Adolfo Ochagavía

Download Accelerator - Async Rust Edition

Breaking news! Here’s a blog post about async Rust, and it’s not a philosophical debate1! Today we’re going down the rabbit hole of download accelerators, though of course that’s just an excuse to explore a living async Rust program. After all, I spent last 12 months writing quite some async code, so I thought I’d give back and share a taste of its exotic flavor. If you have been reluctant to try async because of a negative sentiment on the internet, I hope this post may trigger your curiosity. Bon appétit!


For the impatient: you can jump to the second half of this post that dives into the technical details, or you can even go straight to the code.

Still here? Glad to see at least one person decided to read on! The subsections below provide some background before moving on to the implementation bits: what is a download accelerator? How is that related to async programming? Is any of this relevant for “real-world software development” ™?

Here we go.

1. On download accelerators

Download accelerators were quite popular back in the good old days, when most websites offered low bandwidth per connection. As you can imagine, downloading big files was slow, so people started looking for a creative workaround. It was a matter of time till someone came up with a smart and effective idea: if the server throttles bandwidth per HTTP connection… why not start multiple connections at the same time, letting each of them retrieve a chunk2 of the file in parallel?

To illustrate the point, consider the case in which you have internet access with a download speed of 1 MiB/s. If you were to download a file from a website that throttled bandwidth at 200 KiB/s per connection, then your download speed would normally cap at 200 KiB/s (leaving the remaining 800 KiB/s unused). If, instead of a single connection, you used 5 connections and downloaded the file’s chunks in parallel, that’d get you to a download speed of 1MiB/s, which is 5x faster! Isn’t that neat?

For the picture lovers out there, the screenshot below shows an in-progress parallel download, as displayed by the venerable Download Accelerator Plus. Note how each chunk download is rendered in a different color. You can almost feel the speed!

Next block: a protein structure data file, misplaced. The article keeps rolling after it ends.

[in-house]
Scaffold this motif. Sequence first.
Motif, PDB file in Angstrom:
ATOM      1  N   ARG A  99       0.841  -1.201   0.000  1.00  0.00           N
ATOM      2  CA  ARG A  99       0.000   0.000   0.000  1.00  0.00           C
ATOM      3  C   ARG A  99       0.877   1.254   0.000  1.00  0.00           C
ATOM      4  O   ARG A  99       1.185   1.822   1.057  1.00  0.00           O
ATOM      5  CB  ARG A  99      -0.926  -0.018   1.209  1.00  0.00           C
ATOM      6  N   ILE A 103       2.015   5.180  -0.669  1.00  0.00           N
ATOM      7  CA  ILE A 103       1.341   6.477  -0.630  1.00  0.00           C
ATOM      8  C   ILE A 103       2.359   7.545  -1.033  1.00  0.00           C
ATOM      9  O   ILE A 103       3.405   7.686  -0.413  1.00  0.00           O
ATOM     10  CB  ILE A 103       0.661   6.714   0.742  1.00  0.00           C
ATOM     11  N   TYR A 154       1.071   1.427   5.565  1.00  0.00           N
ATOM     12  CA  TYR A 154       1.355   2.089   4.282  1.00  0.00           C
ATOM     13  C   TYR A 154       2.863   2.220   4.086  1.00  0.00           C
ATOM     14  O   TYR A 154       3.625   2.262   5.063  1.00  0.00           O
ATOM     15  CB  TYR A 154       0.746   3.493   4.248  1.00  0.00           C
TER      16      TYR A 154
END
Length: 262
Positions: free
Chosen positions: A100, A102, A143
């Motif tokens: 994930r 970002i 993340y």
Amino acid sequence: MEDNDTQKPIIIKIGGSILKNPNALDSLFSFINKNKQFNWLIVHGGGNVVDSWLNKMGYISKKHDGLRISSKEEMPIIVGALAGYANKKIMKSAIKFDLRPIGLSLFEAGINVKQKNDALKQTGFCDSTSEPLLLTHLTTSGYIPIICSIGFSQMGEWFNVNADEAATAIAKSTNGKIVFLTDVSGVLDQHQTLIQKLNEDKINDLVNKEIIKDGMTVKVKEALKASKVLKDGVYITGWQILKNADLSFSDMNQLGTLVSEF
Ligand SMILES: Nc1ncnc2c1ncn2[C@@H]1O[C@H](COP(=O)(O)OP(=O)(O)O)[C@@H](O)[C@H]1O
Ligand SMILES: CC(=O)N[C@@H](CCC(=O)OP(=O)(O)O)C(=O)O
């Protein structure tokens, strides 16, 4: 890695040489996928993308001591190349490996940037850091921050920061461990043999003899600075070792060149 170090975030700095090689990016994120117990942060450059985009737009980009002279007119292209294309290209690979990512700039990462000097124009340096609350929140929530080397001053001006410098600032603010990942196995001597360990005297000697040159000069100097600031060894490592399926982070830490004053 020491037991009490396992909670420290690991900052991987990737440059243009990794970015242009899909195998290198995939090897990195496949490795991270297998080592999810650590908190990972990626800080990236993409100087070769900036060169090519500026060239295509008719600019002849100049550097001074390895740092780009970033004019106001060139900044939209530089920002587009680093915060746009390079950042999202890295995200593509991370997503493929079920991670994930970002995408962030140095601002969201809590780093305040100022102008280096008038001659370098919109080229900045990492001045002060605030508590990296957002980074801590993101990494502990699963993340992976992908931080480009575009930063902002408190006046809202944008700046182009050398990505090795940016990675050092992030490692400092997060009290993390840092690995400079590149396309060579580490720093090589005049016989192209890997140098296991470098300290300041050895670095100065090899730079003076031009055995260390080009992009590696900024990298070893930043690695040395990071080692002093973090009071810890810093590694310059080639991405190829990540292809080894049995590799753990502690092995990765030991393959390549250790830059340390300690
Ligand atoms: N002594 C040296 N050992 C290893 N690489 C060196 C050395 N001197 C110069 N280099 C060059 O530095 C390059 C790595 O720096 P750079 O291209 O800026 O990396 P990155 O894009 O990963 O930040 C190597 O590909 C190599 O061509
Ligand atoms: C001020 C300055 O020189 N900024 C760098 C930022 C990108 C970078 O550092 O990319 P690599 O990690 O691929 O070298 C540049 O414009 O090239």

Download Accelerator Plus in-progress download

2. Concurrent downloads and async Rust

Do you see where this is heading? If we want to write a download accelerator in Rust, we need a mechanism to concurrently download file chunks, wait for all the downloads to finish and afterwards join the resulting blobs together into a single file. All of this is made possible by the hero of legend: async Rust!

“Heresy!”, you might reply. “What about good old multi-threaded programming? Where I come from, we’d start a thread for each chunk and download the chunk’s bytes using normal a.k.a. synchronous IO. Keep your async kool-aid and leave us in peace!”

Hmm… That criticism resonates with me! Async enthusiasts like to point out the overhead that comes with threads3, but given the choice I’d still default to threads most of the time. Do we have the choice, though? As of today, the majority of the Rust ecosystem has in fact embraced async, making it the path of least resistance for most IO related code. Many libraries out there don’t support synchronous IO at all, exposing only an async API! Given this state of affairs, I’d rather set my preferences aside in favor of convention. I’m too pragmatic to die on this hill4.

3. The real world

Having decided to go with async Rust, instead of swimming against the current, now let’s consider how programming a download accelerator relates to real-world projects.

The explanation is, fortunately, short. This very blog post was in fact triggered by a problem I recently faced at work: I was uploading files to Amazon S3 and was surprised by the low throughput I was getting5. Their own documentation suggested to split the file in chunks and upload each chunk in parallel. In other words, I had to program… an upload accelerator! Your mileage may vary, as they say, but in my case I saw speedups of 5x to 8x6. Not bad!